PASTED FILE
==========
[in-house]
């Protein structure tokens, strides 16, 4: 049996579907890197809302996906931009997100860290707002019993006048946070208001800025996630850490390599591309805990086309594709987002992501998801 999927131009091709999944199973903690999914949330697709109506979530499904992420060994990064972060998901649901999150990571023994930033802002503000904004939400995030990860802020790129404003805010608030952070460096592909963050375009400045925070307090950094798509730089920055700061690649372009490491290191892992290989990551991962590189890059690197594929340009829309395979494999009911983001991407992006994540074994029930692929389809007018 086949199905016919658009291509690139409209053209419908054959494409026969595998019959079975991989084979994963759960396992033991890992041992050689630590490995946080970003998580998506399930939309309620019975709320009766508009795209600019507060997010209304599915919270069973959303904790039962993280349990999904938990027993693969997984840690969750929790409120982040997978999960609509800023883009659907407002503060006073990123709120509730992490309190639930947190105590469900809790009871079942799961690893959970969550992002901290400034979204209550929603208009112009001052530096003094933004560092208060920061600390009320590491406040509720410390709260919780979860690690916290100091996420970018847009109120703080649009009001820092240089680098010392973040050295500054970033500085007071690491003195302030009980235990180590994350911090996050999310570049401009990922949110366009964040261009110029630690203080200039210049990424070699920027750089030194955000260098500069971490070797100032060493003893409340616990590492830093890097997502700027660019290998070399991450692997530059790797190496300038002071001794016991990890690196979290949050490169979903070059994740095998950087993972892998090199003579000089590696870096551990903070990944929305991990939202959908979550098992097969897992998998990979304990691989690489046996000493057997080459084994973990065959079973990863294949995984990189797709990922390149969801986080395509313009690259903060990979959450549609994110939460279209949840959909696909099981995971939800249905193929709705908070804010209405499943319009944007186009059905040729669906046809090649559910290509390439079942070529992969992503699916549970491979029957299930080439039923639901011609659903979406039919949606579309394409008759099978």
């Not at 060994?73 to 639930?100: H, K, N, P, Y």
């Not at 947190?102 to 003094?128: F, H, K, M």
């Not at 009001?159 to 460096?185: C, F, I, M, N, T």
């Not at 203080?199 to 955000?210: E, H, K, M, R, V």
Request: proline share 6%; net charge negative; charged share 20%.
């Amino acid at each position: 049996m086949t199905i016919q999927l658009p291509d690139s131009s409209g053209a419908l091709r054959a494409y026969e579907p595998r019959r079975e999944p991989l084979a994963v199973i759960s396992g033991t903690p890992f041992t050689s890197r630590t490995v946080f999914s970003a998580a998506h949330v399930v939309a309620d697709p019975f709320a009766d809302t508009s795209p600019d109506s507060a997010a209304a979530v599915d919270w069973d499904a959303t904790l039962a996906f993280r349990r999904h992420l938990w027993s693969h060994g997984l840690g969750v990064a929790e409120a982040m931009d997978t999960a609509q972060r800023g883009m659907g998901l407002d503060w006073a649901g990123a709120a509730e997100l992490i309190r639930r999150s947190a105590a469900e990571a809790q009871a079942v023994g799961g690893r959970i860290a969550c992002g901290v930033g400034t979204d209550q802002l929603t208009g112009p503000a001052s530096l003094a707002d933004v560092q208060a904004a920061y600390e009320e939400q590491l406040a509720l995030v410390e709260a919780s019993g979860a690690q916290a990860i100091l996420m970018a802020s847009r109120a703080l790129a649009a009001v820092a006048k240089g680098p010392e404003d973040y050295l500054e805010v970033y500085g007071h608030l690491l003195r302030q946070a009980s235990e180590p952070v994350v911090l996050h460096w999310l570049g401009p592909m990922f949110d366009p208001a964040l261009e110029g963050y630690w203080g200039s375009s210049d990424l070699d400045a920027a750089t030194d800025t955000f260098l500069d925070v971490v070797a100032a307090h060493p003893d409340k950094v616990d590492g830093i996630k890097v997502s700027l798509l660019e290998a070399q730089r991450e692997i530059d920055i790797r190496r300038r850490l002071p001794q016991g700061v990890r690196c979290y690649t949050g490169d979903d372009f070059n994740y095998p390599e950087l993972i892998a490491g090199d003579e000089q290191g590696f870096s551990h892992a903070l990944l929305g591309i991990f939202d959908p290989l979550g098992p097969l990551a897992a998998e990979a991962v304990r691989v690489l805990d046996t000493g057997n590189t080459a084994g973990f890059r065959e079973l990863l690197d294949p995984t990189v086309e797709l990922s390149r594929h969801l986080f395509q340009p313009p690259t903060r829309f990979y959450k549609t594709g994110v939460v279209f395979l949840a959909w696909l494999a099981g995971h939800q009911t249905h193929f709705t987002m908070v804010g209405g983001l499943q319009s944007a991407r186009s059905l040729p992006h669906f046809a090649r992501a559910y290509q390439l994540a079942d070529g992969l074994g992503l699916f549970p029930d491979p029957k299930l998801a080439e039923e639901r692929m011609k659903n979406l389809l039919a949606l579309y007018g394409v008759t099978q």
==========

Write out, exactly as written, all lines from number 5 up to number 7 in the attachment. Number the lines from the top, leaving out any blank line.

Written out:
């Not at 009001?159 to 460096?185: C, F, I, M, N, T």
């Not at 203080?199 to 955000?210: E, H, K, M, R, V």
Request: proline share 6%; net charge negative; charged share 20%.